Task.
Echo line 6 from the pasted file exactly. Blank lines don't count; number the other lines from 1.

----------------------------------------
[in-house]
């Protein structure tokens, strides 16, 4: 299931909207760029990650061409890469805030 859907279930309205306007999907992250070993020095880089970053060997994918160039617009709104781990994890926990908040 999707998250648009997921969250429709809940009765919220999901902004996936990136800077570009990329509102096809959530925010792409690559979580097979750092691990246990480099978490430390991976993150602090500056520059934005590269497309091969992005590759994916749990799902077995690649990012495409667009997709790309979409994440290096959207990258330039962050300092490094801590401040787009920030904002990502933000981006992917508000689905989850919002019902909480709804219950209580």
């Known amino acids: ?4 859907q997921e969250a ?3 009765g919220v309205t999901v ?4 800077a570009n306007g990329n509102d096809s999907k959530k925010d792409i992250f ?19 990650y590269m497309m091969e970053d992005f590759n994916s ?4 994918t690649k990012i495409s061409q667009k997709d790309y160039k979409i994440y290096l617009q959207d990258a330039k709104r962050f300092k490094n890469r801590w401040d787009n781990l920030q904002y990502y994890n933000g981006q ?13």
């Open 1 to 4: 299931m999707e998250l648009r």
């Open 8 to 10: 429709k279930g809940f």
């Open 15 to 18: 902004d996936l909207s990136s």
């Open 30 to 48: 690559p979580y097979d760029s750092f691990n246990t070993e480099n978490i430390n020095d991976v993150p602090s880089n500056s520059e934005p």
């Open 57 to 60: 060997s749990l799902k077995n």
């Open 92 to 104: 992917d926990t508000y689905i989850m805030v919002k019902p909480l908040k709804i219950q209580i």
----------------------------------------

């Open 15 to 18: 902004d996936l909207s990136s």